Wednesday, August 13, 2014

New songs for August 13th, 2014

here they are:

"I Hope This Whole Thing Didn't Frighten You" by The Hold Steady: Where Bruce Springsteen romanticized city life, The Hold Steady expose the seedy underbelly of city life. "I Hope This Whole Thing Didn't Frighten You" is basically meant to frighten you, at least lyrically it is. It's a woefully angry tale of Craig Finn's current life breaking into shambles before his very eyes. The passionately grungy sound of the song recalls similarly themed life-gone-wrong, downward spiraling songs, like The Afghan Whigs' "What Jail Is Like" and Goo Goo Dolls' "Long Way Down". The Hold Steady are clearly not holding steady!!

"Let's Be Still" by The Head and The Heart: While seeing The Head and The Heart in concert at the Hollywood Bowl on Sunday, I got a taste of this song before I reviewed it! "Let's Be Still" is a very calming song, as its title implies. It is probably one of the best contemporary songs to meditate to, for both its soothing melody and for its message of trying to find a blissful escape from the fast pace of the modern world. The vocal harmony of the song flows quite well with the spiritual harmony of the lyrics.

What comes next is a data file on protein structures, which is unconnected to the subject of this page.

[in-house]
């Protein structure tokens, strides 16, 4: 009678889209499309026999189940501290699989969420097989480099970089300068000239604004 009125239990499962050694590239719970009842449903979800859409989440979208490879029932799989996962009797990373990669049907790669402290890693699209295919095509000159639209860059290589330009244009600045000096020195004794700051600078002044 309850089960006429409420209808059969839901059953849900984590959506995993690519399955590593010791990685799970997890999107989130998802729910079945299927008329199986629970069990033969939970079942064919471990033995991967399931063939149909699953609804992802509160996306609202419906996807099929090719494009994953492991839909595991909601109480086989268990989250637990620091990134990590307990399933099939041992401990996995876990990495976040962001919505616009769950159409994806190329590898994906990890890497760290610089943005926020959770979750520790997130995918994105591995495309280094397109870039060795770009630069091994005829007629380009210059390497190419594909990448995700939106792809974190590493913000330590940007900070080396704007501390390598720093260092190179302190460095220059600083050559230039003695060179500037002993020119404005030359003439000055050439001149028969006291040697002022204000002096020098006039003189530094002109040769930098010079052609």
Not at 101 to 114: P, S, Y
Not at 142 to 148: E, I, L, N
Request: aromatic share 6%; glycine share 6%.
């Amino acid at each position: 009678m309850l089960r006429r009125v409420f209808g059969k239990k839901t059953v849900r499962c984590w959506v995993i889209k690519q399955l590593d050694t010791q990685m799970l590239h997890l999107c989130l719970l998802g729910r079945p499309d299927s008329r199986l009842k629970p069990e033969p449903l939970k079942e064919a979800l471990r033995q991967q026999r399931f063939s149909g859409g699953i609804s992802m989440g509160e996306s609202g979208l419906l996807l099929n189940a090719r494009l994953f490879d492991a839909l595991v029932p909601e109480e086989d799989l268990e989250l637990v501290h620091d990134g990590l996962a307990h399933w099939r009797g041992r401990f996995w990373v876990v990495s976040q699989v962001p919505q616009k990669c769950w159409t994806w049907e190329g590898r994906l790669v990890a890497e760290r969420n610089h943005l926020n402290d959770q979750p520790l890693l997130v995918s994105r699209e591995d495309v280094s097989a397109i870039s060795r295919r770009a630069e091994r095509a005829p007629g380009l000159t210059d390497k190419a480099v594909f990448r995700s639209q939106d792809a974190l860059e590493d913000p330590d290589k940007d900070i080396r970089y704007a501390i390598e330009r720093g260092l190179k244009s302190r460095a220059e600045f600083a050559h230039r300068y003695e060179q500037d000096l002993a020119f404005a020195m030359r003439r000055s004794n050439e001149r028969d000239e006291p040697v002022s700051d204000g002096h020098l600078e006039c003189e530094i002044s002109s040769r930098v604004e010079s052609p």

"Three Headed Woman" by Boy and Bear: For Boy and Bear to even come up with a song title as bizarre as "Three Headed Woman", they are probably more eccentric than the quaint folk-rock group they appear to be. The title is only mentioned at the beginning of the song, when Dave Hosking sings about how he "had one of those dreams where you were a three headed woman". What this means is anyone's guess, and Sigmund Freud would probably have a field day with trying to figure out its meaning! As for the song itself, it seems to be about being caught between loving and hating one's object of affection.

"Work It Out" by Knox Hamilton: Don't be fooled by the name, Knox Hamilton are a quartet, not a single person. You should also not be fooled by the gentle "Mr. Rogers"-ish chime of the xylophone in the intro of the song, as it is does not define the song, and it is also not used in the rest of the song, which is one of many alt-pop songs that I have come to label "new new wave" (using an anthemic contemporary pop/rock sound in which guitars and synthesizers are both dominant instruments). Not a whole lot of particularly memorable substance in the song, and the chorus of "I know we can work it out" is nothing new. Sure is catchy, though!